Protests continue as Mursi rescinds decree
Published Sunday, December 9, 2012
A sit-in by opposition activists outside Egypt’s presidential palace continued Sunday despite an announcement one day earlier that President Mohammed Mursi has withdrawn a controversial decree that sparked weeks of violent protests.
A national dialog committee after a lengthy meeting on Saturday night said Mursi’s November 22 decree granting himself autocratic powers has been scrapped, but that the referendum for an Islamist-drawn draft constitution is still planned for December 15.
The April 6 Youth movement dismissed the announcements as "a political manoeuvre aimed at duping the people" and called for protests to continue to stop "the referendum on the constitution of the Muslim Brotherhood."
But the National Salvation Front, Egypt’s main opposition coalition born in the wake of the decree, was to meet Sunday "to discuss its position after the announcement," a high ranking member of the coalition said.
The coalition – set up by prominent opposition figures Mohammed el-Baradei, Hamdeen Sabbahi, Amr Moussa – has boycotted national dialog meetings, demanding as preconditions the removal of both the decree and the December 1 draft constitution.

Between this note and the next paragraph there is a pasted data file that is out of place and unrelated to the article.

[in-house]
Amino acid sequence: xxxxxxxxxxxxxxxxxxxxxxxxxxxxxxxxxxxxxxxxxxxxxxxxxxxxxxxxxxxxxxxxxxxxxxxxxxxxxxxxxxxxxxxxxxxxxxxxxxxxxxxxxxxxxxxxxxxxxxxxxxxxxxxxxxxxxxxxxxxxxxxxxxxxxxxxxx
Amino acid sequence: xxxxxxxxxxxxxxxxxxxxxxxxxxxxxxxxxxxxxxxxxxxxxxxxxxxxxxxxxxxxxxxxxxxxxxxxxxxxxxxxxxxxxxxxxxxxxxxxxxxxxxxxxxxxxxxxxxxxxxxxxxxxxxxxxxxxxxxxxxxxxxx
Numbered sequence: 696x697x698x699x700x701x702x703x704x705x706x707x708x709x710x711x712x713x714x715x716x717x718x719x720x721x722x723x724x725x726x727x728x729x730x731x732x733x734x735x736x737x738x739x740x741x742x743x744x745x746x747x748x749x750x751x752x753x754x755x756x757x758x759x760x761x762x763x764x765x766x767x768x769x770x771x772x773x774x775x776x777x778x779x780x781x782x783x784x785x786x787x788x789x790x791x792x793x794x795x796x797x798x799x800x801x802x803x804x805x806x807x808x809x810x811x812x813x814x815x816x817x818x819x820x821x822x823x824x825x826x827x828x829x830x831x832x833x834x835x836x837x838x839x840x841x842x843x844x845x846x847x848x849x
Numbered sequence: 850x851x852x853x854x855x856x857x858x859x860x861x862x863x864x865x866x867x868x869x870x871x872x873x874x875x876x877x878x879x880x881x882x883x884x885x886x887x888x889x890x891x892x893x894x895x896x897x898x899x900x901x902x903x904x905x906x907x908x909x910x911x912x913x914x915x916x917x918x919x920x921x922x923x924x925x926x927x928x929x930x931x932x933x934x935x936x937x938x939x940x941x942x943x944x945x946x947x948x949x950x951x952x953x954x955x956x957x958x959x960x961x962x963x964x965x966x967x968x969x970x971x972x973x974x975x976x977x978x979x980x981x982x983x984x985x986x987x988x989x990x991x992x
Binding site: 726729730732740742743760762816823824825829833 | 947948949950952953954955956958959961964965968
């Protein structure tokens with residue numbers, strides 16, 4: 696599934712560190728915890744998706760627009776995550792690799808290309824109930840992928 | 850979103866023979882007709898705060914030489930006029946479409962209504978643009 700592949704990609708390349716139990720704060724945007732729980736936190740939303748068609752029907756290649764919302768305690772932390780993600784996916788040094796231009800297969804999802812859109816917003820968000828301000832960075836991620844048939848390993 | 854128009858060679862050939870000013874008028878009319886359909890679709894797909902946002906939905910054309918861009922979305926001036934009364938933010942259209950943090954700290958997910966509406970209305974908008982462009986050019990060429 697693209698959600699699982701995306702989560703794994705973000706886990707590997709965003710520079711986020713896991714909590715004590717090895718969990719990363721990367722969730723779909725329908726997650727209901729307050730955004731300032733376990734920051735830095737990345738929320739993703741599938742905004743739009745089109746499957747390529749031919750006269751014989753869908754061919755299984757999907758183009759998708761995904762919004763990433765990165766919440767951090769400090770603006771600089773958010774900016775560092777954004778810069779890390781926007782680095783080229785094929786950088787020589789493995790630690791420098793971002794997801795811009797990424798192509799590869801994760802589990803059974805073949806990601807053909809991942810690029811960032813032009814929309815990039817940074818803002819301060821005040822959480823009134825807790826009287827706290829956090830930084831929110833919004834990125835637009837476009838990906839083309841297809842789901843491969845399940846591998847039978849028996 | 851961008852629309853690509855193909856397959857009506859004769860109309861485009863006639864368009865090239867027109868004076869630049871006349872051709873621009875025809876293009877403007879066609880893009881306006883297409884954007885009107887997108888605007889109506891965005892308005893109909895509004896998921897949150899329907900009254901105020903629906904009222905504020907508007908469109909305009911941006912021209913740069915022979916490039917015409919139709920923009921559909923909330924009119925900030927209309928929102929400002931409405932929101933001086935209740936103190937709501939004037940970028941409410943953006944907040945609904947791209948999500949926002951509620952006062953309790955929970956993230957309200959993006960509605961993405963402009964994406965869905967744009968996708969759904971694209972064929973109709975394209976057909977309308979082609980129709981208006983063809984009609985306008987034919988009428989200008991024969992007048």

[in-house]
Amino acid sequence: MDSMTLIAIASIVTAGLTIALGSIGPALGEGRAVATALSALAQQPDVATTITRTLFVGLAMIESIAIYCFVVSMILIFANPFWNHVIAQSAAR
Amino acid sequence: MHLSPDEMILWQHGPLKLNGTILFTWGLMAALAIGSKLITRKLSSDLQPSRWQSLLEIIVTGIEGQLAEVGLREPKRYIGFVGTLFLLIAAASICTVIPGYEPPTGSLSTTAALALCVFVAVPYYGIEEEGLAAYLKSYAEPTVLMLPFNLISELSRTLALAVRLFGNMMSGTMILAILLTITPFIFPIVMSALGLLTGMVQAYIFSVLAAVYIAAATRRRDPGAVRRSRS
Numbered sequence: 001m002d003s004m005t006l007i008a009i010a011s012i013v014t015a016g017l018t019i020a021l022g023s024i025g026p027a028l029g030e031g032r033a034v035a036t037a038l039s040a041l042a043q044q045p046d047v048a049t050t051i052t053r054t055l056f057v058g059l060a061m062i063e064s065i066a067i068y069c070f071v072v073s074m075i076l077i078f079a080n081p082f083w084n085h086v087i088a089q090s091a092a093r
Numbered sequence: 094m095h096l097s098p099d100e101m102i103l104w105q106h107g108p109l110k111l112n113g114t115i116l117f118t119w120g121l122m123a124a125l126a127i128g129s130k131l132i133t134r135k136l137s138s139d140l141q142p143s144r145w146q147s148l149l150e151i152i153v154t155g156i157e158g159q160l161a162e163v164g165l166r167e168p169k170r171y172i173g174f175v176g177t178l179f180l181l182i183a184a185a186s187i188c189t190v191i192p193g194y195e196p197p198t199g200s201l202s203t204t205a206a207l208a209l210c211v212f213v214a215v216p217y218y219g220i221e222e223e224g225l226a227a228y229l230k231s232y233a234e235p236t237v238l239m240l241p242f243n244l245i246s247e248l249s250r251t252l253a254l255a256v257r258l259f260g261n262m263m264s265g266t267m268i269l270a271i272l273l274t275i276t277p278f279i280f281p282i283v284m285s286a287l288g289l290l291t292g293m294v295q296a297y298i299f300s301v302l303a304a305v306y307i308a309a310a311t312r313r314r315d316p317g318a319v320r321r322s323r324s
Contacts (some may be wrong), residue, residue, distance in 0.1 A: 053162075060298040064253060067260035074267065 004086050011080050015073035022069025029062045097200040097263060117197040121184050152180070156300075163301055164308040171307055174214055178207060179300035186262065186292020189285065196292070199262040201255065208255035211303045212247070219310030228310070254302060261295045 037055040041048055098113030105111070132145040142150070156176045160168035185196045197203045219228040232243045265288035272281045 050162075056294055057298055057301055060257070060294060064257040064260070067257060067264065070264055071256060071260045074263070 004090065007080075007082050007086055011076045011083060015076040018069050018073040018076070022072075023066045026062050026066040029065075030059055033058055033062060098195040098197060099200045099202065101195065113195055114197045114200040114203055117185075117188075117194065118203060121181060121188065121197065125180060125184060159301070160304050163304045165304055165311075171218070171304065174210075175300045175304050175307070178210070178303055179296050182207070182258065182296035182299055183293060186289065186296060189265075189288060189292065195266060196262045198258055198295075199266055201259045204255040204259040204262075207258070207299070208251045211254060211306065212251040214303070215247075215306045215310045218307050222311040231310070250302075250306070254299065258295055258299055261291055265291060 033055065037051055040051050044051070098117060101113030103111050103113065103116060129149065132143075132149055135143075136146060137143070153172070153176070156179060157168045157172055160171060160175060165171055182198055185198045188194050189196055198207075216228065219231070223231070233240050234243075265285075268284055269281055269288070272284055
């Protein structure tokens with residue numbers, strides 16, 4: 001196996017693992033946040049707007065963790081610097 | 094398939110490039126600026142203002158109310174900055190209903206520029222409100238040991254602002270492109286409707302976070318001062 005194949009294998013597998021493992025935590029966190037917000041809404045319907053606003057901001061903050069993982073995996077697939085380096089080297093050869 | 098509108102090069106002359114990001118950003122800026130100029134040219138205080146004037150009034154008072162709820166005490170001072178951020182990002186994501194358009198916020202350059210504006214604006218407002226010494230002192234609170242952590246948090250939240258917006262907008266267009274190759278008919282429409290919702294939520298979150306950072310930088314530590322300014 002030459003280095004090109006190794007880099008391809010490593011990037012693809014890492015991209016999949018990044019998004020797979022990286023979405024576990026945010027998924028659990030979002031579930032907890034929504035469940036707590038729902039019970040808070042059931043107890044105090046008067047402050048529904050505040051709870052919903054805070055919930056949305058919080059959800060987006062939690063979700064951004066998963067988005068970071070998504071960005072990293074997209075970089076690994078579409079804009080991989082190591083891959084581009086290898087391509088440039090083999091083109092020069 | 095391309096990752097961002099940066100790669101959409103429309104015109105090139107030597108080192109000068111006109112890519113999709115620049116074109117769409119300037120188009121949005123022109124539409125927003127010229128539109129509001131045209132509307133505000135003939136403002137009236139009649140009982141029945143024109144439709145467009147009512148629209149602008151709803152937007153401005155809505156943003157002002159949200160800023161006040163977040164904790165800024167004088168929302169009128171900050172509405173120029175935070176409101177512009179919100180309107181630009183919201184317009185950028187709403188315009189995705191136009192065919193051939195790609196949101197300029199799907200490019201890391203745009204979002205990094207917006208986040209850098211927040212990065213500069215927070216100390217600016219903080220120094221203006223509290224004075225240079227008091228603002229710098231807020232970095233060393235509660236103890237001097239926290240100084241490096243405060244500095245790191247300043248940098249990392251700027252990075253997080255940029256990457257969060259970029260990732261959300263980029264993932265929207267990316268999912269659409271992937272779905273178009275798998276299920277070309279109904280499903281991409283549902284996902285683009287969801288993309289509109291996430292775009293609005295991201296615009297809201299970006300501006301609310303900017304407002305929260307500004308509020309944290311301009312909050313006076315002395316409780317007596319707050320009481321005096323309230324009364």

Demonstrators furious at what they saw as a power grab by Mursi and the railroading of the draft constitution have held weeks of street rallies whose demands have escalated into calls for his resignation.
On Wednesday, vicious clashes erupted between pro- and anti-Mursi demonstrators outside the presidential palace that left seven people dead and more than 600 injured. Egypt's army stepped in by deploying tanks and troops around the palace.
At least four others have been killed in clashes since November 22.
On Saturday the military issued its first statement since the start of the crisis, warning the rival political camps to get together for talks to stop Egypt descending "into a dark tunnel with disastrous results."
Hours after that ultimatum, Mursi announced through his adviser, Selim al-Awa, that he was annulling the November 22 decree, but that the referendum would still go ahead as scheduled.
Al-Awa said Mursi was bound by a March 2011 constitutional declaration requiring that a vote be held within 15 days of its approval by the Constituent Assembly.
“If the people voted no to the referendum, a new constituent assembly will be formed within three months via general elections, after which it will write a new constitution within six months,” al-Awa said.
The opposition rebuffed an offer by Mursi last Thursday for talks because he had defiantly defended the decree and said the referendum would take place and the country would have to accept the result.
Opposition figures have denounced the draft charter as weakening protection of human rights and the rights of women and religious minorities.
Those criticisms were echoed last week by UN human rights chief Navi Pillay. "I believe people are right to be very concerned," she said.